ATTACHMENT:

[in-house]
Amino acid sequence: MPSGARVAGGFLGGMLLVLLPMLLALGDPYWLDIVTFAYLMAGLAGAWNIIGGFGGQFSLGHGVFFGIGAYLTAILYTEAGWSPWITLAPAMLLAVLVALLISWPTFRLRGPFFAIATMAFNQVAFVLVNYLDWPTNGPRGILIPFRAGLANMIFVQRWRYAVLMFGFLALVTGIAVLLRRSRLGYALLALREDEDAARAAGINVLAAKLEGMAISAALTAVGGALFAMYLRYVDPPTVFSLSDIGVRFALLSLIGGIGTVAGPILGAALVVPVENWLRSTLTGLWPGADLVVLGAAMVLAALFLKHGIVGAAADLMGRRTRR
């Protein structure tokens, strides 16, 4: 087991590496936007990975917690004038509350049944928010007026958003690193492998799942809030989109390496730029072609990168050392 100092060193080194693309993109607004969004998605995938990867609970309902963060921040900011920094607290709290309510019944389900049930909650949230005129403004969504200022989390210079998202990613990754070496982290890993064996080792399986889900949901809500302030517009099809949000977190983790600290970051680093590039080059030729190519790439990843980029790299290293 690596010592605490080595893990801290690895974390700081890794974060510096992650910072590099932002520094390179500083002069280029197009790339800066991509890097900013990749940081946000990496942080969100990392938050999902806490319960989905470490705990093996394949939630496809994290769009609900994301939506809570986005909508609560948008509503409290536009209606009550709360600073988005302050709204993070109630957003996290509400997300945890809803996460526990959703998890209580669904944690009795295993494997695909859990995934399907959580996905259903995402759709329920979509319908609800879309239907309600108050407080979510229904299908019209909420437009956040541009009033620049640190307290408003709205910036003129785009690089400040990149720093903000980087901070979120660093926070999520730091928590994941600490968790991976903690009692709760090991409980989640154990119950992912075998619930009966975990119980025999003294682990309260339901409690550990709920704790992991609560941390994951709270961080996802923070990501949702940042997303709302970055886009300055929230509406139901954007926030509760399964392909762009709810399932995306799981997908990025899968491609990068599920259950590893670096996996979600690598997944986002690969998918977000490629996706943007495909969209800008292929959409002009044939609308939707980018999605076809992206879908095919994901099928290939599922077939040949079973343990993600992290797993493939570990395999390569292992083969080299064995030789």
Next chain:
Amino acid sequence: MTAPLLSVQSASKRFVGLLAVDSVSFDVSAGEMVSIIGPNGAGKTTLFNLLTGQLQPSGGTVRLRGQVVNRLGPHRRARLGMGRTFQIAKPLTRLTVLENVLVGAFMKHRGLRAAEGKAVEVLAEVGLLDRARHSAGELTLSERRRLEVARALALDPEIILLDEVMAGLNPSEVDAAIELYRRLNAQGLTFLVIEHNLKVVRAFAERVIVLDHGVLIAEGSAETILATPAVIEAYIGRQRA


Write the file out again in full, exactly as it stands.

[in-house]
Amino acid sequence: MPSGARVAGGFLGGMLLVLLPMLLALGDPYWLDIVTFAYLMAGLAGAWNIIGGFGGQFSLGHGVFFGIGAYLTAILYTEAGWSPWITLAPAMLLAVLVALLISWPTFRLRGPFFAIATMAFNQVAFVLVNYLDWPTNGPRGILIPFRAGLANMIFVQRWRYAVLMFGFLALVTGIAVLLRRSRLGYALLALREDEDAARAAGINVLAAKLEGMAISAALTAVGGALFAMYLRYVDPPTVFSLSDIGVRFALLSLIGGIGTVAGPILGAALVVPVENWLRSTLTGLWPGADLVVLGAAMVLAALFLKHGIVGAAADLMGRRTRR
């Protein structure tokens, strides 16, 4: 087991590496936007990975917690004038509350049944928010007026958003690193492998799942809030989109390496730029072609990168050392 100092060193080194693309993109607004969004998605995938990867609970309902963060921040900011920094607290709290309510019944389900049930909650949230005129403004969504200022989390210079998202990613990754070496982290890993064996080792399986889900949901809500302030517009099809949000977190983790600290970051680093590039080059030729190519790439990843980029790299290293 690596010592605490080595893990801290690895974390700081890794974060510096992650910072590099932002520094390179500083002069280029197009790339800066991509890097900013990749940081946000990496942080969100990392938050999902806490319960989905470490705990093996394949939630496809994290769009609900994301939506809570986005909508609560948008509503409290536009209606009550709360600073988005302050709204993070109630957003996290509400997300945890809803996460526990959703998890209580669904944690009795295993494997695909859990995934399907959580996905259903995402759709329920979509319908609800879309239907309600108050407080979510229904299908019209909420437009956040541009009033620049640190307290408003709205910036003129785009690089400040990149720093903000980087901070979120660093926070999520730091928590994941600490968790991976903690009692709760090991409980989640154990119950992912075998619930009966975990119980025999003294682990309260339901409690550990709920704790992991609560941390994951709270961080996802923070990501949702940042997303709302970055886009300055929230509406139901954007926030509760399964392909762009709810399932995306799981997908990025899968491609990068599920259950590893670096996996979600690598997944986002690969998918977000490629996706943007495909969209800008292929959409002009044939609308939707980018999605076809992206879908095919994901099928290939599922077939040949079973343990993600992290797993493939570990395999390569292992083969080299064995030789």
Next chain:
Amino acid sequence: MTAPLLSVQSASKRFVGLLAVDSVSFDVSAGEMVSIIGPNGAGKTTLFNLLTGQLQPSGGTVRLRGQVVNRLGPHRRARLGMGRTFQIAKPLTRLTVLENVLVGAFMKHRGLRAAEGKAVEVLAEVGLLDRARHSAGELTLSERRRLEVARALALDPEIILLDEVMAGLNPSEVDAAIELYRRLNAQGLTFLVIEHNLKVVRAFAERVIVLDHGVLIAEGSAETILATPAVIEAYIGRQRA